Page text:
From a dialectological perspective, the Pacific Northwest has been massively understudied in comparison to other areas of the U.S. Recent years have seen a growing attention to expanding our knowledge of regional dialects in this part of the country, with a number of research projects and publications beginning to address speech and variation within the Pacific Northwest. However, the vast bulk of this recent work has focused on the (socio)phonetics of the region and very little recent work has examined regional variation in morphosyntax in the Pacific Northwest. Motivated by work in York, England by Tagliamonte and Lawrence (2000, “I used to dance, but I don’t dance now: The habitual past in English,” Journal of English Linguistics 28.4), the present study examines variability in the realization of past habituality in Oregonian English. Unlike previous studies, we find extremely low rates of the form used to relative to would and preterit forms. We explore the internal and external constraints that influence the realization of these forms, and, more broadly, consider possible reasons that account for these rates of use.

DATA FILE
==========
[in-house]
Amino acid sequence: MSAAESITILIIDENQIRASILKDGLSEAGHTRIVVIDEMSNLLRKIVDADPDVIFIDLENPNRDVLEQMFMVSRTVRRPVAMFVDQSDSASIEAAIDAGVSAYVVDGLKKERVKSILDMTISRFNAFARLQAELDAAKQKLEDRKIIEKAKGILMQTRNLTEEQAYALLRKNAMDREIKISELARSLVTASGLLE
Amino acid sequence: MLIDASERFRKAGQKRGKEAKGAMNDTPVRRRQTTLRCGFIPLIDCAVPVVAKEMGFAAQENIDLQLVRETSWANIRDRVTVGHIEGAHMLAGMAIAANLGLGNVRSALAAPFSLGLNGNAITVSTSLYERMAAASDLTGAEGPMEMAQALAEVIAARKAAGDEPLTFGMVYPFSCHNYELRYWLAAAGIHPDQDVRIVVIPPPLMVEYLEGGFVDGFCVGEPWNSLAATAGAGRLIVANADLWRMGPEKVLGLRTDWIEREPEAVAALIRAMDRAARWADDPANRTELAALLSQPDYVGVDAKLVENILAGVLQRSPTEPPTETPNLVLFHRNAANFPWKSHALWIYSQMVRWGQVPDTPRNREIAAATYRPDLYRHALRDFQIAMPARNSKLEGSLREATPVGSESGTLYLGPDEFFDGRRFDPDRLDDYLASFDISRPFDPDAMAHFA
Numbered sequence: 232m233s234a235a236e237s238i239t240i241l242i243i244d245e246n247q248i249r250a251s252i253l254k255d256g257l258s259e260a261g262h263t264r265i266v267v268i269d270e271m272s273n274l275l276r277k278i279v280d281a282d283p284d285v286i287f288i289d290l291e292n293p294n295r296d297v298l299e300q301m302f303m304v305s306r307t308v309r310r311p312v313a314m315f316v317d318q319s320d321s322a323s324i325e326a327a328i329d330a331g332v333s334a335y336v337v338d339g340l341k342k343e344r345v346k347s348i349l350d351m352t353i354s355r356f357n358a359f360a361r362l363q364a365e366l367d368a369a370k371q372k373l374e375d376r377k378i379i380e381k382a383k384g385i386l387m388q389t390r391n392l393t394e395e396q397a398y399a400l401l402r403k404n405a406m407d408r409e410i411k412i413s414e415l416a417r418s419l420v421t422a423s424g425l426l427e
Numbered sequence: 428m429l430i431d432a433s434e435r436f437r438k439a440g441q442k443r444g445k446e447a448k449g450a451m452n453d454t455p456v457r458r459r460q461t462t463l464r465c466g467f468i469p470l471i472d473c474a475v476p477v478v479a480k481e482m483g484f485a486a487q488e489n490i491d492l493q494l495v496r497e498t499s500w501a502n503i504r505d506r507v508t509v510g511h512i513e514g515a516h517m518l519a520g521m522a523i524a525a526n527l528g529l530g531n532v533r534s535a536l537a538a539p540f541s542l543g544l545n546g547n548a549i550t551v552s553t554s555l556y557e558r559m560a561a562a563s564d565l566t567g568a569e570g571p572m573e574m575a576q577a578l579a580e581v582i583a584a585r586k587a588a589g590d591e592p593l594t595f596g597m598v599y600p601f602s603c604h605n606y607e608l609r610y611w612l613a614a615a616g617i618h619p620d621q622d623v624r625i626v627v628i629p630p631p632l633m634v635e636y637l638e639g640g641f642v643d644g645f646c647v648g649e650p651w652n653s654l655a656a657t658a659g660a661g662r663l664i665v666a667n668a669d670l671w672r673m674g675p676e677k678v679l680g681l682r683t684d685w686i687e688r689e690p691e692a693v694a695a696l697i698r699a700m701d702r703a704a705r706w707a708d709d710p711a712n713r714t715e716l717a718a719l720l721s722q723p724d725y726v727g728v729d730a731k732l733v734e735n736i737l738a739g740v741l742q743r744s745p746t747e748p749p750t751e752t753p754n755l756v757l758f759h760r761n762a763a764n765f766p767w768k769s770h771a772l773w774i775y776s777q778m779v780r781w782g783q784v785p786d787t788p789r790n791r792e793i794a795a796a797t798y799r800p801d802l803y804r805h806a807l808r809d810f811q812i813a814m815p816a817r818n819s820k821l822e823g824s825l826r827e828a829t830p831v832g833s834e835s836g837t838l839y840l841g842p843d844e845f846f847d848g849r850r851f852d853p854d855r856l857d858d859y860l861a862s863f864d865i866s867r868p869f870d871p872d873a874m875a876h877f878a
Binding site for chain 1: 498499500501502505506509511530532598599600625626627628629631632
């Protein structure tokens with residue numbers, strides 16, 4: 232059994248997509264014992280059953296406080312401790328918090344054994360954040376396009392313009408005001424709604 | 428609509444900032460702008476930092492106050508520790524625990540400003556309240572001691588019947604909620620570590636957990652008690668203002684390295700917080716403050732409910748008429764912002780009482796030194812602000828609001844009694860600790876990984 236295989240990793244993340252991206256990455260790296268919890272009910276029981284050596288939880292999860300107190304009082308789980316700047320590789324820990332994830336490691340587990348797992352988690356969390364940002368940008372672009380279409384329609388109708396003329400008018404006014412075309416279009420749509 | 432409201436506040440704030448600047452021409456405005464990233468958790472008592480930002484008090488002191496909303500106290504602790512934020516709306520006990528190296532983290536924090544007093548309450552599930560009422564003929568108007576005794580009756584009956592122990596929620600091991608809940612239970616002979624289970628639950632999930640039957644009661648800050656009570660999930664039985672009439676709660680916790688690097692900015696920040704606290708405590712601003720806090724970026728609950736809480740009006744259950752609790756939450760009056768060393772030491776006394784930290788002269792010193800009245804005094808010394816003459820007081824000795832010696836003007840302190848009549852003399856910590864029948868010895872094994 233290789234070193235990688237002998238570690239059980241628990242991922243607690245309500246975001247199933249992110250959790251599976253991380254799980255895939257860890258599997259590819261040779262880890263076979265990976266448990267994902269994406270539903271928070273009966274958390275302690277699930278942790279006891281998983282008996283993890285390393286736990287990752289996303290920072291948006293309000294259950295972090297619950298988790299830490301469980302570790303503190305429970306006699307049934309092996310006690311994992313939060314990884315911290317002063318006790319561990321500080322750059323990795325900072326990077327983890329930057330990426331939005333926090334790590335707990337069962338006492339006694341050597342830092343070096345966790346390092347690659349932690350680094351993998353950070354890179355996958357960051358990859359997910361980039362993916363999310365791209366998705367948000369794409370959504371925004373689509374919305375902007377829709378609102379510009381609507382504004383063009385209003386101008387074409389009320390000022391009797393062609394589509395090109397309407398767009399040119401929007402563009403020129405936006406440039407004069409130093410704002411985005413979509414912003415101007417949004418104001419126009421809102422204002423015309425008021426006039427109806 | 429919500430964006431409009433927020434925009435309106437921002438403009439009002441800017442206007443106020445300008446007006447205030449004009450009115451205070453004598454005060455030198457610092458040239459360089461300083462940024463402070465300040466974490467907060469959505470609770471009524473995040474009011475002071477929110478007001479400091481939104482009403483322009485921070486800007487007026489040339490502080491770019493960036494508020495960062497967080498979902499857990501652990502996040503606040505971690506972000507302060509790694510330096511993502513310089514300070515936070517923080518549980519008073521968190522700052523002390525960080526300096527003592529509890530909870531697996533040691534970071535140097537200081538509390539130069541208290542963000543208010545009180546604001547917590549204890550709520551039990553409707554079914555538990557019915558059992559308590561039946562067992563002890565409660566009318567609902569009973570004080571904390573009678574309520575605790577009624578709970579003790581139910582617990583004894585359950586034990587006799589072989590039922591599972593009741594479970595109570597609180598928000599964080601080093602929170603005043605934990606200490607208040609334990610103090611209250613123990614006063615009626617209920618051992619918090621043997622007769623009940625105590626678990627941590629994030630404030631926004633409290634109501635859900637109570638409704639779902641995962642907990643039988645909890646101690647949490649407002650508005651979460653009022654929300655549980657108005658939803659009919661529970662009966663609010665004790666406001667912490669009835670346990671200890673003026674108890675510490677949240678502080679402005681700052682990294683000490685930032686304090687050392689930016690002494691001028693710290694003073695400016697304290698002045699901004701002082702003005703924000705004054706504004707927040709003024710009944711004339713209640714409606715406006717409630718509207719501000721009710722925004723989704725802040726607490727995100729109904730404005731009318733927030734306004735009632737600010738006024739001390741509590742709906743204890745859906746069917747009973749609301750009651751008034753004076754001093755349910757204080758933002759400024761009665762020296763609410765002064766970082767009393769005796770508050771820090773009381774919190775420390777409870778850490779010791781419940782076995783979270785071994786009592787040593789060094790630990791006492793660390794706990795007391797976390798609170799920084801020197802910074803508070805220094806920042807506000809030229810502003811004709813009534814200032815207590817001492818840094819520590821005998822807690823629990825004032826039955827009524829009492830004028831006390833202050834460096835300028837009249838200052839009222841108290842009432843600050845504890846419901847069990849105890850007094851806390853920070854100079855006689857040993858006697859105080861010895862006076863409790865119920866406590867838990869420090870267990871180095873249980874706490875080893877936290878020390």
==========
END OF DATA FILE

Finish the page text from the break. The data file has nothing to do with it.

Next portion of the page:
McLarty, Jason; Farrington, Charlie; and Kendall, Tyler
"Perhaps we used to, but we don’t anymore: The Habitual Past in Oregonian English,"
University of Pennsylvania Working Papers in Linguistics: Vol. 20:
2, Article 13.
Available at: https://repository.upenn.edu/pwpl/vol20/iss2/13